What’s so important about implementing an employee recognition program?
Companies that prioritize recognition are prioritizing the values that make up a successful company.
1. It fosters a culture of intentional communication.
2. It improves retention of key employees and is valuable in a recruiting strategy.
3. It reinforces the company’s values.
How do you implement a successful employee recognition program?
It doesn’t matter if your company has 500 or 5 employees, a program is an incredible value-add in creating a professional, effective, and positive company. People should look forward to working at your company; an employee recognition is one way to ensure people are delivering results and enjoying their position. In a survey by CareerBuilder it was found that 50 percent of employees believe turnover would decrease if their managers did a better job of acknowledging their efforts.
But maybe you’re a business owner that has tried to reward employee performance before. But it didn’t quite go the way you anticipated. It may have resulted in complaining, confusion, or dissatisfaction.
In truth, most business owners don’t know how to create an effective recognition experience. It’s time to expand and truly understand how people want to be recognized. Build a process of how recognition works within your company office.
To create a system that rewards a job well done, keep these things in mind:
A recognition system is composed of providing informal and formal recognition.
Informal recognition consists of two approaches. The first is praise. It’s easy to call out bad behavior, but it’s important to reinforce good work as well. Acknowledging a person’s efforts can be given any point during a project lifecycle. Be sure to go beyond, “Good job”. What’s key is to be specific. Tell them how their work is impacting the company for the better. “Your attention to SEO has brought in over 3,000 new web visitors, which is increasing sign up rates. Great work”. Give out praise that’s personalized.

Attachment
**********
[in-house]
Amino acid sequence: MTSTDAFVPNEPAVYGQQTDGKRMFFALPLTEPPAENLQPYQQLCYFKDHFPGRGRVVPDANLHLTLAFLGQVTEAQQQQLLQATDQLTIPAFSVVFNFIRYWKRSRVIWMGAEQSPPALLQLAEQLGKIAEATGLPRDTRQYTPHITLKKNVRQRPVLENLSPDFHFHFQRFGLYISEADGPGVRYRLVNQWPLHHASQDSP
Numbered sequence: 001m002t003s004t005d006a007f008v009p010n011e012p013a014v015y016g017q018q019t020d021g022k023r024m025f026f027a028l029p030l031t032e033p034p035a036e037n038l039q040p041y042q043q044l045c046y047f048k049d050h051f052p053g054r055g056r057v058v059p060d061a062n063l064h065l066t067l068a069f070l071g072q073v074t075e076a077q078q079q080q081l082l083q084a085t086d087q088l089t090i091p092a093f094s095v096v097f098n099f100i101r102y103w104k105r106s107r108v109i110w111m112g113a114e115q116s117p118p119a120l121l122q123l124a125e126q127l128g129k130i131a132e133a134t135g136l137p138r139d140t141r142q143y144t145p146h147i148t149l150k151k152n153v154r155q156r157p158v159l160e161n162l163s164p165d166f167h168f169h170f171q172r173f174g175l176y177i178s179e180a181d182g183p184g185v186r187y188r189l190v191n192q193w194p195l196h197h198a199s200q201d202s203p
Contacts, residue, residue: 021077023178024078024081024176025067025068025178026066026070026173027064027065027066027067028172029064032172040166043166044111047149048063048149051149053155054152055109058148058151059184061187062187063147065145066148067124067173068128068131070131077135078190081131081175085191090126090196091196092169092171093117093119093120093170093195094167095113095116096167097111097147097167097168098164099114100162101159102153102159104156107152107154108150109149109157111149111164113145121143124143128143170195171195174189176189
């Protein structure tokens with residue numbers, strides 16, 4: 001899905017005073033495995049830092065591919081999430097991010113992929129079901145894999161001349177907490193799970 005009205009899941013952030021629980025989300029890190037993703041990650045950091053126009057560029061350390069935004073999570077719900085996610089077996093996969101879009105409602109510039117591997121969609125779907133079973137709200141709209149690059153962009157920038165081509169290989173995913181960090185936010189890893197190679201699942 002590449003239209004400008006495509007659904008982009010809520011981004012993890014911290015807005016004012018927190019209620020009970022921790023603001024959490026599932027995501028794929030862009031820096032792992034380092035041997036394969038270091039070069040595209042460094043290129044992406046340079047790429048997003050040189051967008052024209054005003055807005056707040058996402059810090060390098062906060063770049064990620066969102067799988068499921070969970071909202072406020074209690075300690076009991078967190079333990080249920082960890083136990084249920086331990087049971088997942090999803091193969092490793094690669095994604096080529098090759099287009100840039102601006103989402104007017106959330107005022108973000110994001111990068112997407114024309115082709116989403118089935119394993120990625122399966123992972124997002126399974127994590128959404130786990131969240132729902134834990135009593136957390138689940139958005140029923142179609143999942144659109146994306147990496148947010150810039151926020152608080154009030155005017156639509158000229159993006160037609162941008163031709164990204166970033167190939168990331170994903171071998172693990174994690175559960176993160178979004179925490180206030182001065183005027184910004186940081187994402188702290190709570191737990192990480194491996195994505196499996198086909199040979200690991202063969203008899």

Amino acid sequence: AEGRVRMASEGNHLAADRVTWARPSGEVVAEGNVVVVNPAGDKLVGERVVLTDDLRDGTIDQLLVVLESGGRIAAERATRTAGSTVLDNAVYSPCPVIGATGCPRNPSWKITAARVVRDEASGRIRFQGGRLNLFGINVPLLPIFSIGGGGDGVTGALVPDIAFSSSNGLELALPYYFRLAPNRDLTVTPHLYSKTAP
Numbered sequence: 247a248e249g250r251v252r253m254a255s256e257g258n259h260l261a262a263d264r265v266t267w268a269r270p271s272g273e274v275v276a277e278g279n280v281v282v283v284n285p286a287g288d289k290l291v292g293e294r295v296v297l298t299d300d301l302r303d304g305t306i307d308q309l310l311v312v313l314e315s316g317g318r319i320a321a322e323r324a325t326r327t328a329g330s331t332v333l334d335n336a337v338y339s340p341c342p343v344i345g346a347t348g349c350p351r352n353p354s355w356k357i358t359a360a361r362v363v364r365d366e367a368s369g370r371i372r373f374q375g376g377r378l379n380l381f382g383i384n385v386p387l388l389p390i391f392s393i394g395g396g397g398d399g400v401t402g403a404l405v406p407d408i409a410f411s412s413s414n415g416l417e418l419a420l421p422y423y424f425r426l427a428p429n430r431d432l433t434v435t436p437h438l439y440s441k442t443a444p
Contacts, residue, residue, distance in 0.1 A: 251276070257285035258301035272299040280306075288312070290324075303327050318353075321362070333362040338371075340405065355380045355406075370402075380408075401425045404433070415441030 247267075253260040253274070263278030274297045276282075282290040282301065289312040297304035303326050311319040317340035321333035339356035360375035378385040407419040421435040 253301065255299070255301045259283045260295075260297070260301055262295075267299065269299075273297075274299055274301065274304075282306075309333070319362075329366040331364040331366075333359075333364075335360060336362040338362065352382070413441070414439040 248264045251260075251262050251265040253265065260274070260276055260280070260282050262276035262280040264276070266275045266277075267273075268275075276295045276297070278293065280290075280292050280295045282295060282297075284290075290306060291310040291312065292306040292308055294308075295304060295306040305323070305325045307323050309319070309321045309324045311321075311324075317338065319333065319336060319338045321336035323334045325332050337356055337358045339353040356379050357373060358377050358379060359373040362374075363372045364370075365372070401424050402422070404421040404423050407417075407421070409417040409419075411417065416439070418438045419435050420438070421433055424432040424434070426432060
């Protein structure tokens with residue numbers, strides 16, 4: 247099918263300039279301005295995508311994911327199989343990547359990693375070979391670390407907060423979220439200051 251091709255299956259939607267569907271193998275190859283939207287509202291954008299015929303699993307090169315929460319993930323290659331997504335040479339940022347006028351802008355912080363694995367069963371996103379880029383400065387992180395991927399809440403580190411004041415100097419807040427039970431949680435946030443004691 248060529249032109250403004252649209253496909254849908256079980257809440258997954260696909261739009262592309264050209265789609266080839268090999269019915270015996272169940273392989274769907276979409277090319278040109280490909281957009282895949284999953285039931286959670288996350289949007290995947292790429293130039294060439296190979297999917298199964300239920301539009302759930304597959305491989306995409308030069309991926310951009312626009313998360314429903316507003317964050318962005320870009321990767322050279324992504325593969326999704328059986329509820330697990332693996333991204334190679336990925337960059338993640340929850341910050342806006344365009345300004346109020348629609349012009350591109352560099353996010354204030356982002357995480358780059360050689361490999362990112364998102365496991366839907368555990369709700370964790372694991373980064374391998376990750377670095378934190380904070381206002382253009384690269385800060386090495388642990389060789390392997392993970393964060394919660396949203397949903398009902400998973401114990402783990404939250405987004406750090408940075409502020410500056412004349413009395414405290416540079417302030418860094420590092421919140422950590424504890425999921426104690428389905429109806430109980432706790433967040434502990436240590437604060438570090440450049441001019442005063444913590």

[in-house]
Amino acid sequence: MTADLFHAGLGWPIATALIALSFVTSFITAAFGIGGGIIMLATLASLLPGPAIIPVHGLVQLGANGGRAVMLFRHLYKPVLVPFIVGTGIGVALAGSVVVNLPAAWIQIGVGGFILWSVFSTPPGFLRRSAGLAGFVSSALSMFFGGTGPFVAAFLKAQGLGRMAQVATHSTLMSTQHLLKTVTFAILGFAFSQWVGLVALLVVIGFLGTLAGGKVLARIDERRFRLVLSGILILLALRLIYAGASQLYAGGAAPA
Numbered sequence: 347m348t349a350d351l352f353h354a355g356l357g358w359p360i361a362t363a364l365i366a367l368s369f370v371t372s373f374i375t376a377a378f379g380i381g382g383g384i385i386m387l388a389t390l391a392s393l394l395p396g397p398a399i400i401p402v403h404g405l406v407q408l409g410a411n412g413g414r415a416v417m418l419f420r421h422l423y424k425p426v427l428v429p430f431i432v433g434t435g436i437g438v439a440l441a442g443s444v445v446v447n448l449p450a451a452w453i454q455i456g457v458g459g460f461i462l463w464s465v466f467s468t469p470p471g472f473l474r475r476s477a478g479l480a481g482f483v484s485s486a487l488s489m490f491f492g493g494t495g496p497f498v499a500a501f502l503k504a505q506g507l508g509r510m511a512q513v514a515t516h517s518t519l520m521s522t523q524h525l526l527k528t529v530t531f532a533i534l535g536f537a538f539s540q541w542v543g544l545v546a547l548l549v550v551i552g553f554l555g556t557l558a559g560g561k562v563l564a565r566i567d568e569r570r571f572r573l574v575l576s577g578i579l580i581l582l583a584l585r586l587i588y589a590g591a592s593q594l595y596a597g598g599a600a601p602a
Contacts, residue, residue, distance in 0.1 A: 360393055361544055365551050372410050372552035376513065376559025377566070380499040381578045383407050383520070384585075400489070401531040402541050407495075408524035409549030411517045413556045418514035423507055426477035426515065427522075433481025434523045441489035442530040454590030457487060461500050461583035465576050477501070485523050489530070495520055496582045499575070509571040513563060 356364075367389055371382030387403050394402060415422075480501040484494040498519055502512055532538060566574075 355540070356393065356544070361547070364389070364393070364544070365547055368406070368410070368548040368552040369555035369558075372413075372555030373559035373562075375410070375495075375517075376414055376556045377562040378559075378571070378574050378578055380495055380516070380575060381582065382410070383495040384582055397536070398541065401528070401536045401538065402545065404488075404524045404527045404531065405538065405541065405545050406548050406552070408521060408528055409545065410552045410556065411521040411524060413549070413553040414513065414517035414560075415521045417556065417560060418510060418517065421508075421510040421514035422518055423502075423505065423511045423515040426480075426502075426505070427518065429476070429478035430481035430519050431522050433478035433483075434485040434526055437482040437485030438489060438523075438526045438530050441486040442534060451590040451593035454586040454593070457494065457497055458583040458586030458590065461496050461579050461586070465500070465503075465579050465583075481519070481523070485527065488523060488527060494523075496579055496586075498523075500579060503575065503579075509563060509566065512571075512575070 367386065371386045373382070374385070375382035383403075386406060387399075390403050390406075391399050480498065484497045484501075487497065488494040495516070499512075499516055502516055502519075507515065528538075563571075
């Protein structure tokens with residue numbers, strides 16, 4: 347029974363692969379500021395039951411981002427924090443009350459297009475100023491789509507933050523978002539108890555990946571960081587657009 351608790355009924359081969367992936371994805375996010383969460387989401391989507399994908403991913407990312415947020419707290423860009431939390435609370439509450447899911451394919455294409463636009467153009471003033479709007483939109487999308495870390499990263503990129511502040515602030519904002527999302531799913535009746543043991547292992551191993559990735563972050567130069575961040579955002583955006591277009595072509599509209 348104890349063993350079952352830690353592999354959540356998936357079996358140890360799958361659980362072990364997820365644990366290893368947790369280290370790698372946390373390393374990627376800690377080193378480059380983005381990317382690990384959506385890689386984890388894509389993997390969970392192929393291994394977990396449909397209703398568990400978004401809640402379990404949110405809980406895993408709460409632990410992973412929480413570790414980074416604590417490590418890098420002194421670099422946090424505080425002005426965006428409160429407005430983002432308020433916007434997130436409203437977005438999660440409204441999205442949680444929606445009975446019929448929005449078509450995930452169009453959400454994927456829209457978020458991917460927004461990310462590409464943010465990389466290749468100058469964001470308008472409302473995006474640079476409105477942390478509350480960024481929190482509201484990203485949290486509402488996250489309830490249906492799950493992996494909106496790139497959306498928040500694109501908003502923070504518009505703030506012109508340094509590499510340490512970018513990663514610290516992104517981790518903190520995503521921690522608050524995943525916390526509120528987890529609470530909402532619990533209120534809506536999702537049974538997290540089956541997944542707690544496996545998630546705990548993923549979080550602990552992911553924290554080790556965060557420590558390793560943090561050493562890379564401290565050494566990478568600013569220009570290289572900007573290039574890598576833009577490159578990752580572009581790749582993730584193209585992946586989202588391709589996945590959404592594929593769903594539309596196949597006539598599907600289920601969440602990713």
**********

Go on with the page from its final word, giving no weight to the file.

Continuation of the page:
Another informal way of recognizing employee work is to enact real gestures.
Think of it like surprising your team with a catered lunch after they’ve worked a grueling project. Be careful though. Make sure employees see this as a special reward, rather than as entitlement. Do this by mixing up frequencies and the rewards themselves. Instead of lunch, give out tickets to the local basketball game, or give time off. These gestures tell your employees you see their hard work and they deserve a reward.
The formal manner of rewarding great work involves public awards.
It may involve “Employee of the Year” or a bonus. These rewards usually have some sort of policy or legal stipulations that a deserving employee has followed. For example, if the company set a goal for their sales team to deliver 3 new clients within 3 months, the first to accomplish the goal would get a certain reward. It’s important to announce these accomplishments at company events or meetings. Though be careful: make sure you announce everyone that delivered or contributed. Nothing loses morale faster than the boss forgetting one person’s efforts.
It’s important to gauge the status quo in your company. You may think you’re doing a fantastic job in observing employee engagement, but your co-workers may feel the opposite. It’s always best to get the lay of the land. An employee recognition feedback survey is just what the doctor ordered.